Ideas of Poverty in the Enlightenment – PANEL DISCUSSION

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Date / time: 22 April, 5:30 pm - 8:00 pm

Strand Campus, King's College London

Ideas of Poverty in the Enlightenment - PANEL DISCUSSION


Join the Centre for Early Modern Studies at King’s College London for a panel discussion on conceptualisations of ‘the poor’ in the eighteenth-century Enlightenment, with Dr. Anna Plassart (Open University), Dr. Alexandra Ortolja-Baird (University of Portsmouth) and Dr. Niall O’Flaherty (King’s College London). Chaired by Dr. Robin Mills (St Andrews).

The problem of poverty first became a core theme of European political thought in the eighteenth century, being central to the controversies about sovereignty and representation, public and private charity, as well as questions relating to crime and punishment. Leading thinkers like the Scottish political economist Adam Smith, the French Physiocrats and the Milanese jurist Cesare Beccaria came to see the fate of the poor as a pressing political question in the middle decades of the century. The question became more urgent still in the wake of the French Revolution. The discussion will explore some of the most important contributions to these transformative discussions.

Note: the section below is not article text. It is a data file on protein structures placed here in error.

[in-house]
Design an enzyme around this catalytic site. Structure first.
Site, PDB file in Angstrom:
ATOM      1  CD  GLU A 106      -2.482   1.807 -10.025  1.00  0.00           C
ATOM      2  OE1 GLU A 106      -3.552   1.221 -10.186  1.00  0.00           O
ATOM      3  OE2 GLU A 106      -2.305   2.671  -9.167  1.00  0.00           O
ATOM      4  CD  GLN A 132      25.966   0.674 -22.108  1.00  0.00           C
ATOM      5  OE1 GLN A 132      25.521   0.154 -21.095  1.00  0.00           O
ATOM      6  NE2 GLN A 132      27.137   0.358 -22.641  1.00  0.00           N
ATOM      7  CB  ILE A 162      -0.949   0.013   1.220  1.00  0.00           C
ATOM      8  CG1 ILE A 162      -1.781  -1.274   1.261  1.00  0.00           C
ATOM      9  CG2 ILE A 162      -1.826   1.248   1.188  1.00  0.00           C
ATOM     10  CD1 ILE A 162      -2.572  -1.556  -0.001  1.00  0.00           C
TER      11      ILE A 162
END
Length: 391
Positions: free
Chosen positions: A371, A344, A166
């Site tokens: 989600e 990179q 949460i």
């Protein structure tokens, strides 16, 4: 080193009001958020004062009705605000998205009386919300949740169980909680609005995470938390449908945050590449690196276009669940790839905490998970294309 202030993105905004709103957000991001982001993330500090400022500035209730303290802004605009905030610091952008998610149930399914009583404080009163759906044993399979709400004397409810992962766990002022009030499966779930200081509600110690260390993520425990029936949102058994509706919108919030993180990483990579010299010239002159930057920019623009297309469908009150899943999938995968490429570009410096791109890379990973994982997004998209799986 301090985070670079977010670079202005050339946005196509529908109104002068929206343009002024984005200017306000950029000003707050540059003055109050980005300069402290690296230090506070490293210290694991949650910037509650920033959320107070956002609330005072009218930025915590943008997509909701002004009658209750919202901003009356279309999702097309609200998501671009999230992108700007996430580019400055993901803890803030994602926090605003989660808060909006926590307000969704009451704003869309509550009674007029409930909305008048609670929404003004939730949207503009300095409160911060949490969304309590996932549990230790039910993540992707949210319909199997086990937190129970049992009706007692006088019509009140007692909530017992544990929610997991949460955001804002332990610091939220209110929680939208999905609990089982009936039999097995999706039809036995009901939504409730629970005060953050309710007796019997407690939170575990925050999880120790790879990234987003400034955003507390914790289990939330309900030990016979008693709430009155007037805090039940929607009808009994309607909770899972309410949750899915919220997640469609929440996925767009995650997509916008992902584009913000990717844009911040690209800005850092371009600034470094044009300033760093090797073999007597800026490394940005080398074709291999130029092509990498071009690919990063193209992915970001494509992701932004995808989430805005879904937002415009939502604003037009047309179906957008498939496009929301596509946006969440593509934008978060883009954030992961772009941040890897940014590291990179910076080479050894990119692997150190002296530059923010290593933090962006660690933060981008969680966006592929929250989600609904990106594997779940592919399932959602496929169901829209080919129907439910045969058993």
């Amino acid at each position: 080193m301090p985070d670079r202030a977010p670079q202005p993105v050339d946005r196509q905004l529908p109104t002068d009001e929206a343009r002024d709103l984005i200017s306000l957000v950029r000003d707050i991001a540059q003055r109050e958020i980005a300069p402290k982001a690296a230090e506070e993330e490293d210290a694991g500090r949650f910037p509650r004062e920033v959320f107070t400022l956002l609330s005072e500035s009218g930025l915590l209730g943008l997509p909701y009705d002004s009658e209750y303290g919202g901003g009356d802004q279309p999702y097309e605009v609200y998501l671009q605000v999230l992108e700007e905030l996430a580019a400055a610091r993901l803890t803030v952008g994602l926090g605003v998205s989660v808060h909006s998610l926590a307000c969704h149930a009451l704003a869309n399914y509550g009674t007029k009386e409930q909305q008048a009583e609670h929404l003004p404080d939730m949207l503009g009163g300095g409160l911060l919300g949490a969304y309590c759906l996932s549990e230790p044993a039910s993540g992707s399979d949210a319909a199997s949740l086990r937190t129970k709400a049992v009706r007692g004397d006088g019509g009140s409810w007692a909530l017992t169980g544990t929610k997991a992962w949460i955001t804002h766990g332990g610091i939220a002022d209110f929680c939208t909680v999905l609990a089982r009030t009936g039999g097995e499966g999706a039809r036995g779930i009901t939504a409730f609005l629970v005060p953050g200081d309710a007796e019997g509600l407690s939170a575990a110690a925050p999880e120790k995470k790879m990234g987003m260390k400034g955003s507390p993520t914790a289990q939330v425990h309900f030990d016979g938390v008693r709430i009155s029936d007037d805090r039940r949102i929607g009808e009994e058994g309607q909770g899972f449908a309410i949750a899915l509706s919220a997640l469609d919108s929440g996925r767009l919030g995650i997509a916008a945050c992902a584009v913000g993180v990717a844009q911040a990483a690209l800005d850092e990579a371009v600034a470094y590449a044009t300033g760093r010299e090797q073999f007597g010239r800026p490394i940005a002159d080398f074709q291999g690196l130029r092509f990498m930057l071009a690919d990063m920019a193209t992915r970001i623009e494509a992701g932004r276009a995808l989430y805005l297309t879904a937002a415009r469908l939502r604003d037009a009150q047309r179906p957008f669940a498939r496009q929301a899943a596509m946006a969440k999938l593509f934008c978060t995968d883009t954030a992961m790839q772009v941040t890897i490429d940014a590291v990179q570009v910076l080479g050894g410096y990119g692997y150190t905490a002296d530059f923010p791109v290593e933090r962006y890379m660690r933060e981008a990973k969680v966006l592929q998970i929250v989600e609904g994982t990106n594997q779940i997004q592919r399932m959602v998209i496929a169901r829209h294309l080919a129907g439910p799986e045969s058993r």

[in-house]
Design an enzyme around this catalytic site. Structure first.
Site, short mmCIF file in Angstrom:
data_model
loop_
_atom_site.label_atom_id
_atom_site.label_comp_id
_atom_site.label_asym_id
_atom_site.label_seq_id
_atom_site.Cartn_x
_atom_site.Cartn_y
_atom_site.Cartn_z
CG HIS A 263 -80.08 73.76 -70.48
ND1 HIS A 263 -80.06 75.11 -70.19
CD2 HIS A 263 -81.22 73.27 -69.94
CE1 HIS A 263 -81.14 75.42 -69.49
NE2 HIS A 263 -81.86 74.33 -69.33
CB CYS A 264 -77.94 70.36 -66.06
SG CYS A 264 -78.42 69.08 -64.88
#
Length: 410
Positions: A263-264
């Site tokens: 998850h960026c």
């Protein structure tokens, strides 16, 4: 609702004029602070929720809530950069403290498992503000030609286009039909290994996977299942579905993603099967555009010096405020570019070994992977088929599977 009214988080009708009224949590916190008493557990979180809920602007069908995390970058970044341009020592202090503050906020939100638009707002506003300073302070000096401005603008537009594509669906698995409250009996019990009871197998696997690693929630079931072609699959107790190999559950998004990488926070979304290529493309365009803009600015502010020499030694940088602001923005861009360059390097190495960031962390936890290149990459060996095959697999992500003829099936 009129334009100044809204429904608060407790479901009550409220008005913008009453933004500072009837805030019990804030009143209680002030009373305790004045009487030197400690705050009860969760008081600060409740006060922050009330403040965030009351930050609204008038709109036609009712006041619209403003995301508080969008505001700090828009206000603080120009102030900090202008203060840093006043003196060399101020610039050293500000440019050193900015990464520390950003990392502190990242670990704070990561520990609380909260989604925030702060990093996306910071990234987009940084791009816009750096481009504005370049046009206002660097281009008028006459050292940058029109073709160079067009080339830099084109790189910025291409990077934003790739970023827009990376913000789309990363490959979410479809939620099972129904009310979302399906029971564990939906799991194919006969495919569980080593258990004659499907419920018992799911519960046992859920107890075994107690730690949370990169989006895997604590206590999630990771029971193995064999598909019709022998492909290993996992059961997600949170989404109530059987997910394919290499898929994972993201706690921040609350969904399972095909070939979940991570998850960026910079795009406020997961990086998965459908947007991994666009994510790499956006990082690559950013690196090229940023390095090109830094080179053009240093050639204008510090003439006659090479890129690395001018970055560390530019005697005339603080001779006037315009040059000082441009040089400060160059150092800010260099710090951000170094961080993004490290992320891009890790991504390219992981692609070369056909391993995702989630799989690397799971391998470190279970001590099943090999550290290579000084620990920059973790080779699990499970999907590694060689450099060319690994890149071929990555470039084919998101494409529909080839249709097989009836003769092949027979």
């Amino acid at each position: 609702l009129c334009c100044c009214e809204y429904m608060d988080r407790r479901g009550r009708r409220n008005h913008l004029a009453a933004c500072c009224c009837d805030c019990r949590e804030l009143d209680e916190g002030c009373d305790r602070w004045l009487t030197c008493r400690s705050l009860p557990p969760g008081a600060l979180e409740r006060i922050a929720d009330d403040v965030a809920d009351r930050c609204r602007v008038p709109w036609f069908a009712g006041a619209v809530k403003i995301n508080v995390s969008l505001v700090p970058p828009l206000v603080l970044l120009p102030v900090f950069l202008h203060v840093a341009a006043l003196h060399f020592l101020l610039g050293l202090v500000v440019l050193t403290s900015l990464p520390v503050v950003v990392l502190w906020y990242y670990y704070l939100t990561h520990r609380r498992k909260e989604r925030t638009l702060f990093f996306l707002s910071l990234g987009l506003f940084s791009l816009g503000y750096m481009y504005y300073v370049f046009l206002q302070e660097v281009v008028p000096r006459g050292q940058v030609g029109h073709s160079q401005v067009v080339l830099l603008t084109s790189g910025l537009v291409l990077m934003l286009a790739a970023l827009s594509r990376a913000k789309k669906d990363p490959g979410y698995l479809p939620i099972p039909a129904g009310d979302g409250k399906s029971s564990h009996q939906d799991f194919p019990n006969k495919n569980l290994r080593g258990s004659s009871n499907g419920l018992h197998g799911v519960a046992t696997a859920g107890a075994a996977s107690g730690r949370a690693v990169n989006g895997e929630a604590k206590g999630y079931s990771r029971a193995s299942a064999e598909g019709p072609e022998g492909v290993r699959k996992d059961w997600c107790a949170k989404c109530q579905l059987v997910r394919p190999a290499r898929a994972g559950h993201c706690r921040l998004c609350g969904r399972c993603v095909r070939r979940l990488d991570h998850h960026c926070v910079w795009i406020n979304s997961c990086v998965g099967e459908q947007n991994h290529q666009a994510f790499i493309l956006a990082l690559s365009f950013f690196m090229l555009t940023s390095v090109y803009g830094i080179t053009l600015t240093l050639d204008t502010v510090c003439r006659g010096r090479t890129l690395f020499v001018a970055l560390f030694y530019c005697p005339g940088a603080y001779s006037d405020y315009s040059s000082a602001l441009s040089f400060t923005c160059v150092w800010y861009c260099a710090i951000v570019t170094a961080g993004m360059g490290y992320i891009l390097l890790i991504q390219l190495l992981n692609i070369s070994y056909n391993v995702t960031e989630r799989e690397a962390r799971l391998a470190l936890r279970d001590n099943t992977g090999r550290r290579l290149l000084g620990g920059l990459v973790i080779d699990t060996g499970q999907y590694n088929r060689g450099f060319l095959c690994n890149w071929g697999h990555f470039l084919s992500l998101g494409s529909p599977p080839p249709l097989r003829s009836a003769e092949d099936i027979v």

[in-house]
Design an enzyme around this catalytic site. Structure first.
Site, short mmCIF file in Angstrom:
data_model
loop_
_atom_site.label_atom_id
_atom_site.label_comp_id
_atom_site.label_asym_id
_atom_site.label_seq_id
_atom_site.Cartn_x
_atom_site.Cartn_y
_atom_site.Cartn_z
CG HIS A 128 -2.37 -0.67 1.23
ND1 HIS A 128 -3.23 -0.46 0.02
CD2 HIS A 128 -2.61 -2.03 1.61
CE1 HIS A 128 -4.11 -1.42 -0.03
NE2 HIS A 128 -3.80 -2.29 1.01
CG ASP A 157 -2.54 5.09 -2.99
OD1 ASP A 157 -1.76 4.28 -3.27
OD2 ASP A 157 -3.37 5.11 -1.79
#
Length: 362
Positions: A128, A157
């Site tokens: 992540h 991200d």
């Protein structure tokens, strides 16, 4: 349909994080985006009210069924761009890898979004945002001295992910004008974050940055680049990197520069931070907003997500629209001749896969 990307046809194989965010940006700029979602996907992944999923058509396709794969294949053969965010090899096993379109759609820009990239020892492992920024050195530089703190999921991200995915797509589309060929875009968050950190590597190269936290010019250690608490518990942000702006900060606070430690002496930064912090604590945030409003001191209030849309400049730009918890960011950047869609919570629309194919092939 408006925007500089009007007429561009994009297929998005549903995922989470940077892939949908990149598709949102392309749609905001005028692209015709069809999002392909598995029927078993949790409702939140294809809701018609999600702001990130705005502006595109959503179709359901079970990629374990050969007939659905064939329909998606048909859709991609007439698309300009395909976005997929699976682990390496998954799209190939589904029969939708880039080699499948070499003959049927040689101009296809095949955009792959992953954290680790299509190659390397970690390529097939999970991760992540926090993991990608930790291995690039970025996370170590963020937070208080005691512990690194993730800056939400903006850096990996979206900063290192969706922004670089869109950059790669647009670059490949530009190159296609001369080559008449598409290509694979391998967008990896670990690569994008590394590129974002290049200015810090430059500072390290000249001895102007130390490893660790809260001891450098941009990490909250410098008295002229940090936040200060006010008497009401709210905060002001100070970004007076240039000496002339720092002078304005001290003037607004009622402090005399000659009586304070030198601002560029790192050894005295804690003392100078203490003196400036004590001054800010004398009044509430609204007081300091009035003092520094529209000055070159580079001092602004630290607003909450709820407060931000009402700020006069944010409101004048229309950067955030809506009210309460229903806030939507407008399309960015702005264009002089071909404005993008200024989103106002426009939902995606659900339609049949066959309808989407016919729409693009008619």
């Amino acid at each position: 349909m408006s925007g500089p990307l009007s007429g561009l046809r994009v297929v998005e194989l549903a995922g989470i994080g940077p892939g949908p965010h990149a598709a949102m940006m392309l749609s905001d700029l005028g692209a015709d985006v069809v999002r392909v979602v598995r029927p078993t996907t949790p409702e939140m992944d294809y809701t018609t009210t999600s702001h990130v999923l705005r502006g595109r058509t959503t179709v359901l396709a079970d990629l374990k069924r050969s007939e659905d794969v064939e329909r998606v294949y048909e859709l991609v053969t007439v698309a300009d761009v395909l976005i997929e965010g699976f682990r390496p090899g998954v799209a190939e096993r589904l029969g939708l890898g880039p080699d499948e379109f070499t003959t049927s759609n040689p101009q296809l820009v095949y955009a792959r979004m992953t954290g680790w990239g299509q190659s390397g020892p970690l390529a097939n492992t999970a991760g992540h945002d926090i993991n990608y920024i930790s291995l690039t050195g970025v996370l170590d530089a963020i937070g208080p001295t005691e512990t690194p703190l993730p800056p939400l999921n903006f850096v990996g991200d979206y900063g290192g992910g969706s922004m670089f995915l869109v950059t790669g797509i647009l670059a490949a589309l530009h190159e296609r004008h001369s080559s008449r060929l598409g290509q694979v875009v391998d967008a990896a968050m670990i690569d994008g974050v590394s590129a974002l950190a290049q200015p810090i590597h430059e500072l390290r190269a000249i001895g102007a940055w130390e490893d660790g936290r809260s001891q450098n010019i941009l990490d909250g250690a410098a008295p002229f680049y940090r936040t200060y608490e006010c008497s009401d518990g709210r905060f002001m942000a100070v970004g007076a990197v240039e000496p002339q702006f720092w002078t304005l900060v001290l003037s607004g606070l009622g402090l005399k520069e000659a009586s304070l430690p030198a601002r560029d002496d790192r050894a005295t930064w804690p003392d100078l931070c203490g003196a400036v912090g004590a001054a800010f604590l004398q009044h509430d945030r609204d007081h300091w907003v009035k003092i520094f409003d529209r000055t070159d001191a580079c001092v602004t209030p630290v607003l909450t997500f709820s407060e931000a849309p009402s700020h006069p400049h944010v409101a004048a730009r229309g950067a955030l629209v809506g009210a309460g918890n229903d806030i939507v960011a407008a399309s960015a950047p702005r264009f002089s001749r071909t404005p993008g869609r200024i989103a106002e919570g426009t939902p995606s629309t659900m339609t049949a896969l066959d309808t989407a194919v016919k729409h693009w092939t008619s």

Join us in person for a panel discussion, Q&A, and drinks reception. Open to all!

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17.30 Opening Remarks

17.45 Dr. Anna Plassart, on Montesquieu

18.10 Dr. Alexandra Ortolja-Baird, on Cesare Beccaria

18.45 Dr. Niall O’Flaherty, on T. R. Malthus

19.10 Q&A

19.50 Refreshments in the Somerset Room